To a large extent, we can achieve that same effect with cascading crossovers, because we make the subwoofer boost roll-off more quickly above the crossover. But, there is also even more that we can do, depending on the size
of our subwoofer boosts and on our own listening preferences. And, for those who may not be able to fully implement cascading crossovers, for whatever reason, this additional technique may be helpful.
The following technique is not dependent on either Audyssey, or the use of the Audyssey app. In most AVR's, the use of the tone controls affects only the front speakers. I believe, however, that in at least one brand of AVR's (Yamaha?) the tone controls also affect the center channel. Where we are using an independent subwoofer boost (and not using Audyssey's DEQ, which can also obscure bass clarity) we can use the bass tone control to help balance the mid-bass, coming from the front speakers, with the boosted bass coming from the subwoofers.
We would do that by adding anywhere from 1db to 6db of bass boost to the front speakers. (Most tone controls I have seen allow 6db of upward or downward adjustability.) Although the crossover is not a brick wall, in either direction, that tone control boost would be implemented primarily above
the selected crossover. It would drop away rapidly below the selected crossover, would remain in full force out to about 200Hz, and would tail-off gradually out to about 800Hz. With an 80Hz crossover, we would hear the boost most strongly from about 80Hz to about 200Hz, or so.
Particularly in systems where the tone controls do not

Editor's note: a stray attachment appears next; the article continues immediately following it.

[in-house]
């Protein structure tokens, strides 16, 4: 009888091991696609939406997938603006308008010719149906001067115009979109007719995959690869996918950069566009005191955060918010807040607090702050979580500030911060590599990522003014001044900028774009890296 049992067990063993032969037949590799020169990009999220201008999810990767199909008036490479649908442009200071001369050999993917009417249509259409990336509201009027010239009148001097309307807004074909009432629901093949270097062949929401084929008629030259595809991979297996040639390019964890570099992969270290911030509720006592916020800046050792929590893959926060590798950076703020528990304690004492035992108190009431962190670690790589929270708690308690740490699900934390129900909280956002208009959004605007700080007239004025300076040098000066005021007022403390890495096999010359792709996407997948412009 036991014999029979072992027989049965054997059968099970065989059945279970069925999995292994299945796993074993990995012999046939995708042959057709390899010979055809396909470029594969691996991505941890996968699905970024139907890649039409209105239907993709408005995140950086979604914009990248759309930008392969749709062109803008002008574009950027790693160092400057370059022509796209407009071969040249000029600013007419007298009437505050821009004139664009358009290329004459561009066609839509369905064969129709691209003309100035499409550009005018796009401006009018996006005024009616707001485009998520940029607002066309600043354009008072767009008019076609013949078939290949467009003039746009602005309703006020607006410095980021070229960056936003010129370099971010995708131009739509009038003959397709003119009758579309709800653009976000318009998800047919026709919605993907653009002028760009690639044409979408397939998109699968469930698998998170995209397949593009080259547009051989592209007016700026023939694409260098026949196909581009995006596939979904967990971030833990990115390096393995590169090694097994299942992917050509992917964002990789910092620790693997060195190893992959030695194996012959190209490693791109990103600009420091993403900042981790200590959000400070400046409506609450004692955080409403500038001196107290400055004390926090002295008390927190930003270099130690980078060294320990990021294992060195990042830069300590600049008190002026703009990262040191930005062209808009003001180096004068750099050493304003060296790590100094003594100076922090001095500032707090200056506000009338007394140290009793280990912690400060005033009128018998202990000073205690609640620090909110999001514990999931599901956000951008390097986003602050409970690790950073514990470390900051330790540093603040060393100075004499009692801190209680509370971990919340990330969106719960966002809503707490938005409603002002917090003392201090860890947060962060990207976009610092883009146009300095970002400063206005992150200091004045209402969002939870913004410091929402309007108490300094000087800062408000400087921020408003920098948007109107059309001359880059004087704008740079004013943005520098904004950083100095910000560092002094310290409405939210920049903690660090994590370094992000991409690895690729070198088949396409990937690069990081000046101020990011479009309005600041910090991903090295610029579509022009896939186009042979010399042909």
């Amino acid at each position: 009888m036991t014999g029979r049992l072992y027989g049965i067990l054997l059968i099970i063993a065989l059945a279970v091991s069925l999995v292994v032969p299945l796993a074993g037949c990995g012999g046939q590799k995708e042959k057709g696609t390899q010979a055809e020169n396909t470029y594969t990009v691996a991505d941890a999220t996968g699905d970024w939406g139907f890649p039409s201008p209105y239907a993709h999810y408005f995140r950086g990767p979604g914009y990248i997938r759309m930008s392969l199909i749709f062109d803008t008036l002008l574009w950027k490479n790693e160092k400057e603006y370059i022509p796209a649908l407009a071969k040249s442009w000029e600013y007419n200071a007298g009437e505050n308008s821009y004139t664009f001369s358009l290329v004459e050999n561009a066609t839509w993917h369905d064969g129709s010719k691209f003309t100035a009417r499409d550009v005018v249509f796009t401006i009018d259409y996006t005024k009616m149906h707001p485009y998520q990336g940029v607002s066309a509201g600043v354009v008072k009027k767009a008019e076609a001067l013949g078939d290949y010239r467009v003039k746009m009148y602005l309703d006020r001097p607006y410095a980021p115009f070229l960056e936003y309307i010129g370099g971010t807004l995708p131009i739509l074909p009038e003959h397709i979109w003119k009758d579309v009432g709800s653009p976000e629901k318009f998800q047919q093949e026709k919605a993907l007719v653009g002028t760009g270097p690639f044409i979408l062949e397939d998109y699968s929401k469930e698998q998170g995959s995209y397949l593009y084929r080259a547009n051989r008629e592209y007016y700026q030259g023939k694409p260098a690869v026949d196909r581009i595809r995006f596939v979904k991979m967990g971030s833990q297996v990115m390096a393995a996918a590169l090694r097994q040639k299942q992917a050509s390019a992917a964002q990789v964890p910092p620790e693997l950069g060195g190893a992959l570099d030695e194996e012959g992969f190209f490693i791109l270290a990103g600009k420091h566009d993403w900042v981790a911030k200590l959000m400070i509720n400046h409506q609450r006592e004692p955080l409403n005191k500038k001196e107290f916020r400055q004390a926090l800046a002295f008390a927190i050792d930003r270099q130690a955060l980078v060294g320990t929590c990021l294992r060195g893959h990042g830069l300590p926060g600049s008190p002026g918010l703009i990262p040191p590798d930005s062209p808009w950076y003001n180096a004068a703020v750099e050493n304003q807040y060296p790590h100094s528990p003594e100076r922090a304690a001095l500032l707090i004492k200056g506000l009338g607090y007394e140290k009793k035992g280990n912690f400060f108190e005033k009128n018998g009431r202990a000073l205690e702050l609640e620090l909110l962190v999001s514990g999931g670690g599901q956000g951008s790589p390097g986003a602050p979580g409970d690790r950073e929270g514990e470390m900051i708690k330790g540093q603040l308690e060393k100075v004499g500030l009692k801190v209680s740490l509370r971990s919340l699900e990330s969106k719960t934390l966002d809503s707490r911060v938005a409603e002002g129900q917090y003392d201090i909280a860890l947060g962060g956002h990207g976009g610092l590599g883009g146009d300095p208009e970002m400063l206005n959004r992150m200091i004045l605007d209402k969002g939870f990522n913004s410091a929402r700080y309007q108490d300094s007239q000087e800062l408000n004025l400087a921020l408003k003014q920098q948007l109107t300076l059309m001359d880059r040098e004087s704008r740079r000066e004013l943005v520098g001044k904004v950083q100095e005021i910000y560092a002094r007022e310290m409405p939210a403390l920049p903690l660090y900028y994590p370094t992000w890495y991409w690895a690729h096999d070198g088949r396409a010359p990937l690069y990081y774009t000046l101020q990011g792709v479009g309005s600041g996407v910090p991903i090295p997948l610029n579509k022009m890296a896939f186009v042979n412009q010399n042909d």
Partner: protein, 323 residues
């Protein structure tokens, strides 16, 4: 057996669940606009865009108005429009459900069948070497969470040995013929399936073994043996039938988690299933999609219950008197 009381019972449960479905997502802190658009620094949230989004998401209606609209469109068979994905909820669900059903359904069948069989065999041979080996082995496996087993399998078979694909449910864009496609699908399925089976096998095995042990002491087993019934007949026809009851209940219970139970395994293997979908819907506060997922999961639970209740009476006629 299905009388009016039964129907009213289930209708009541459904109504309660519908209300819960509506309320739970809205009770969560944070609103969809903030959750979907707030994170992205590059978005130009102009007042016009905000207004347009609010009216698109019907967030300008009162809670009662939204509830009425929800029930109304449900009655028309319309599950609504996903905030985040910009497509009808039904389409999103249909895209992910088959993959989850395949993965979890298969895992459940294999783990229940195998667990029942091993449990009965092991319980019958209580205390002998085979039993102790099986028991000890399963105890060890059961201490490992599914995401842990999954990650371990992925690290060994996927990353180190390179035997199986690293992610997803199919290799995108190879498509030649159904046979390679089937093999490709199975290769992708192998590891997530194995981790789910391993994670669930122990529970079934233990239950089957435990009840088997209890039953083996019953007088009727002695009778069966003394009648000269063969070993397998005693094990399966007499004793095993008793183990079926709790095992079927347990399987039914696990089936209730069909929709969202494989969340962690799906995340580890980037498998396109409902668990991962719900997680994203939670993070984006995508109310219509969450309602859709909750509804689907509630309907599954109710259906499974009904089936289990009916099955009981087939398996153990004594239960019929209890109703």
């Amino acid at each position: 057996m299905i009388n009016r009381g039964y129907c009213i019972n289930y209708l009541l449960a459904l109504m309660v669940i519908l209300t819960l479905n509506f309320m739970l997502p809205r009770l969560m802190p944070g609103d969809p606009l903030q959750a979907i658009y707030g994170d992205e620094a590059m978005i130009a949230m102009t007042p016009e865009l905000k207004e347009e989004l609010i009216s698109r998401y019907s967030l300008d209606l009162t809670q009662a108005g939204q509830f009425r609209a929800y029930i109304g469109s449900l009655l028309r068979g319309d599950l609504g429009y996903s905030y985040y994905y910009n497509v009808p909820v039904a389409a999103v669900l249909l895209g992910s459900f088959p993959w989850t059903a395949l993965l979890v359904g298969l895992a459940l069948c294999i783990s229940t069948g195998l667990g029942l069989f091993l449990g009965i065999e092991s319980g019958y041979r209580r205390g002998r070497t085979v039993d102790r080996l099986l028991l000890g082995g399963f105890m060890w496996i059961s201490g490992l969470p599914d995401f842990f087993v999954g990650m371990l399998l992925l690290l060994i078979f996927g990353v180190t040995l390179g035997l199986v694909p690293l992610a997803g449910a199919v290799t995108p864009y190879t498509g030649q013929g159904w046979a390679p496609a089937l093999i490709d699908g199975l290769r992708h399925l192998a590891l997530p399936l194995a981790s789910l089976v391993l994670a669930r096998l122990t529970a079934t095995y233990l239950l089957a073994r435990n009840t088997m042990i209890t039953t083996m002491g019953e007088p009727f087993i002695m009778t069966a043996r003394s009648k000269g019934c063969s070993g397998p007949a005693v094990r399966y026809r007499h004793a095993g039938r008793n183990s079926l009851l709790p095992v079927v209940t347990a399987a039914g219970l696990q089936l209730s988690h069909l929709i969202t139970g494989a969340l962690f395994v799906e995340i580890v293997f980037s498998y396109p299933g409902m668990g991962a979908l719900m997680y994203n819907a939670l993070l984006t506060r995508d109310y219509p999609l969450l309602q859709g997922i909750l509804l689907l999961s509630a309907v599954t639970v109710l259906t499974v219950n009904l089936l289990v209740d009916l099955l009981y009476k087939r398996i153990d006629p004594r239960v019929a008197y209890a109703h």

affect the center channel, that allows us to have a smoother bass transition with our front speakers, without affecting the clarity of voices which are played almost exclusively by the center channel. Win-Win! That is because, although some boosted bass is leaking into the frequencies a little bit above 80Hz, the front speakers are playing that >80Hz bass a little bit louder than they would ordinarily, due to the bass tone control boost we have added.
By raising the bass volume by a few decibels, from about 200 or 300Hz down
to 80Hz, we meet the subwoofer boosts which are leaking-in a little above 80Hz. And, the overall low-bass, mid-bass, and upper-bass may sound more balanced, as a result. As with everything in audio, we still have to find the right combination of settings for our own personal preferences. And, it helps if we are starting with fairly capable front speakers, which can easily support an 80Hz or 90Hz crossover. So, this technique may work better for some people than for others.
But, I offer the use of the bass tone control as a way to achieve more blended sounding bass, without sacrificing clarity, where we are enjoying the use of a significant
subwoofer boost for the special effects in movies, or where we just want to add a little more bass to our front speakers. I like to use a bass tone control boost, in conjunction with a large subwoofer boost, in conjunction with cascading crossovers, for 5.1 movies. I especially enjoy that combination for action movies and blockbusters. YMMV! [IMG class=inlineimg]/forum/images/smilies/smile.gif[/IMG]